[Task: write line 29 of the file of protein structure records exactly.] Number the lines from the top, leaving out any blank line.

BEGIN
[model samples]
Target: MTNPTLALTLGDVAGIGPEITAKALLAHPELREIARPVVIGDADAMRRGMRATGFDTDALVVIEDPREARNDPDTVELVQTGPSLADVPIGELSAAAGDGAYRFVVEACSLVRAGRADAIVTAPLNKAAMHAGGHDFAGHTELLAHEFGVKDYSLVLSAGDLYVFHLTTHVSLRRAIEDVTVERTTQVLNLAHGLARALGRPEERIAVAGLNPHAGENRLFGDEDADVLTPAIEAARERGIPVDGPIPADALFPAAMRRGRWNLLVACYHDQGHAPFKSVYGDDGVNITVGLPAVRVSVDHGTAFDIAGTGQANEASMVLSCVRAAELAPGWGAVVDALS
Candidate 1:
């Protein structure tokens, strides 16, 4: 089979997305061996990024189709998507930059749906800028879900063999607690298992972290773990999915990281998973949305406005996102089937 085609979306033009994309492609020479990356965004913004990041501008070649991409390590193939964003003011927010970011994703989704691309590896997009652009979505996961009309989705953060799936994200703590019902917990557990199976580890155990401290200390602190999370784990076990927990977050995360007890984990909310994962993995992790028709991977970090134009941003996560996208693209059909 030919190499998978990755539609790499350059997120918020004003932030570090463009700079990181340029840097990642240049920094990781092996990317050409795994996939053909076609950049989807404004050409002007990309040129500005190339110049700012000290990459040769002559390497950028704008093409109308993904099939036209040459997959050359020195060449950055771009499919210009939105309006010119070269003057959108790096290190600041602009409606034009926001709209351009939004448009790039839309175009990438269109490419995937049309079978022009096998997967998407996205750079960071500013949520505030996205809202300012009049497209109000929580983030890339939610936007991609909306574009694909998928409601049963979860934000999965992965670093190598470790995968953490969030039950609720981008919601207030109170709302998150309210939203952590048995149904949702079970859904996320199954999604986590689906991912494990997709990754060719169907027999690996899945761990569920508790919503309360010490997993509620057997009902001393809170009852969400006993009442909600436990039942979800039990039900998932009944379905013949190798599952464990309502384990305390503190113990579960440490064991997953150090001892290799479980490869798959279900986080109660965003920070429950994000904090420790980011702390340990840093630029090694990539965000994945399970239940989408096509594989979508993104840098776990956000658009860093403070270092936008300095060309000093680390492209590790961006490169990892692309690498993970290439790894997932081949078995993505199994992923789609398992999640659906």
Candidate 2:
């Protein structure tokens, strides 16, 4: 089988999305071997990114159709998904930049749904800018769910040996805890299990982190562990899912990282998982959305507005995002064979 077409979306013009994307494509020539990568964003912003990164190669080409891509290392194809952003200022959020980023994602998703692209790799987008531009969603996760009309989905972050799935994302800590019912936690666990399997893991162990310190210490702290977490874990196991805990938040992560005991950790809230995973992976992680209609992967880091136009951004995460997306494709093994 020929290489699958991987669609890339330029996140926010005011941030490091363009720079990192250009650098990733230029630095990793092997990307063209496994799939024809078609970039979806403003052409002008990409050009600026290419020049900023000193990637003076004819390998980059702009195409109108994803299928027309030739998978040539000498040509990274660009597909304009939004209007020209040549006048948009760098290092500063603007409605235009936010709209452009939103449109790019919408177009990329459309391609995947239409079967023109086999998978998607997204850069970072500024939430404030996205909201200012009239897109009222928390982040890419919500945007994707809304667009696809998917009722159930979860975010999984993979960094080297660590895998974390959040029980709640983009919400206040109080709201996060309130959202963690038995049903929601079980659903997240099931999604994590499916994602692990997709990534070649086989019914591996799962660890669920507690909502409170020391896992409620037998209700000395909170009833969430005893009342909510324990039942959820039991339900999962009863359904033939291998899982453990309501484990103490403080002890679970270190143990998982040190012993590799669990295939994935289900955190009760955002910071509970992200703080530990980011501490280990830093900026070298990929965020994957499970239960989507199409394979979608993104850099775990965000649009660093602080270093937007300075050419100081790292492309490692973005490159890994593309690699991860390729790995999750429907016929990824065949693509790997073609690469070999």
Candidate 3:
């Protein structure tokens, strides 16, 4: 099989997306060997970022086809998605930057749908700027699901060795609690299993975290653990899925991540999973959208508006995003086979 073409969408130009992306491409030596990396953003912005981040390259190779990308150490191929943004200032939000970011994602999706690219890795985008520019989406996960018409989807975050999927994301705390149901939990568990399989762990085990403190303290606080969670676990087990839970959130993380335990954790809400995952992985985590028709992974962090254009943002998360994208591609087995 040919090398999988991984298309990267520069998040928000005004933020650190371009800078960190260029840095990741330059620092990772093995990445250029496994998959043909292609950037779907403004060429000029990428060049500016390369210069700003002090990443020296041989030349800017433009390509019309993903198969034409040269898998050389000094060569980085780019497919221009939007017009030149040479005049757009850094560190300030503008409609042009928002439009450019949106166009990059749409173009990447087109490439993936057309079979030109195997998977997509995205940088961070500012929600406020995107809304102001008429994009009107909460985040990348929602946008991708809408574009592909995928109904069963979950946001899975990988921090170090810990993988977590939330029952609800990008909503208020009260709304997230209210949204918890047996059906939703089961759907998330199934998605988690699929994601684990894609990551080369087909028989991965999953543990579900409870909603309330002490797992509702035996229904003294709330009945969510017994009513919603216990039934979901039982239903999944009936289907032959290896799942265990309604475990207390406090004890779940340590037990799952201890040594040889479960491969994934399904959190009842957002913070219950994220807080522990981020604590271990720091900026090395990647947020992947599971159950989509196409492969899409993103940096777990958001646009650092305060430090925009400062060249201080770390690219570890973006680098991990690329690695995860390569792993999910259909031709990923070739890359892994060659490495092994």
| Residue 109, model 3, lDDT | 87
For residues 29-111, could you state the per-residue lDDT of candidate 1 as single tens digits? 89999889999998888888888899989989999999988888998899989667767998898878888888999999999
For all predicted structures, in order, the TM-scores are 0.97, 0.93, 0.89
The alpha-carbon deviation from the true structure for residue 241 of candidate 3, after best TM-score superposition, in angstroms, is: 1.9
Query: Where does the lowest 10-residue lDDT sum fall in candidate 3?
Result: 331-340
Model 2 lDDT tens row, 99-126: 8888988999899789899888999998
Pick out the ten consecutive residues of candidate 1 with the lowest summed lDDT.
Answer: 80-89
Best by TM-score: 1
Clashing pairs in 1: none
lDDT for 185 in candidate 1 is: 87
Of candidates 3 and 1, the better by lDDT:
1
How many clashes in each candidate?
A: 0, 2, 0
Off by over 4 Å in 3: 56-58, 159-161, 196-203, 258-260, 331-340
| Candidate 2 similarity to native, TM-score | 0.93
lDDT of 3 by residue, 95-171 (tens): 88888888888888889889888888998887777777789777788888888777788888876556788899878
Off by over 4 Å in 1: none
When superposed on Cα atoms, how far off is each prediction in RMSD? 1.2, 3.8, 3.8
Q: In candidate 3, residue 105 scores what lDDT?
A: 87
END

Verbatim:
When superposed on Cα atoms, how far off is each prediction in RMSD? 1.2, 3.8, 3.8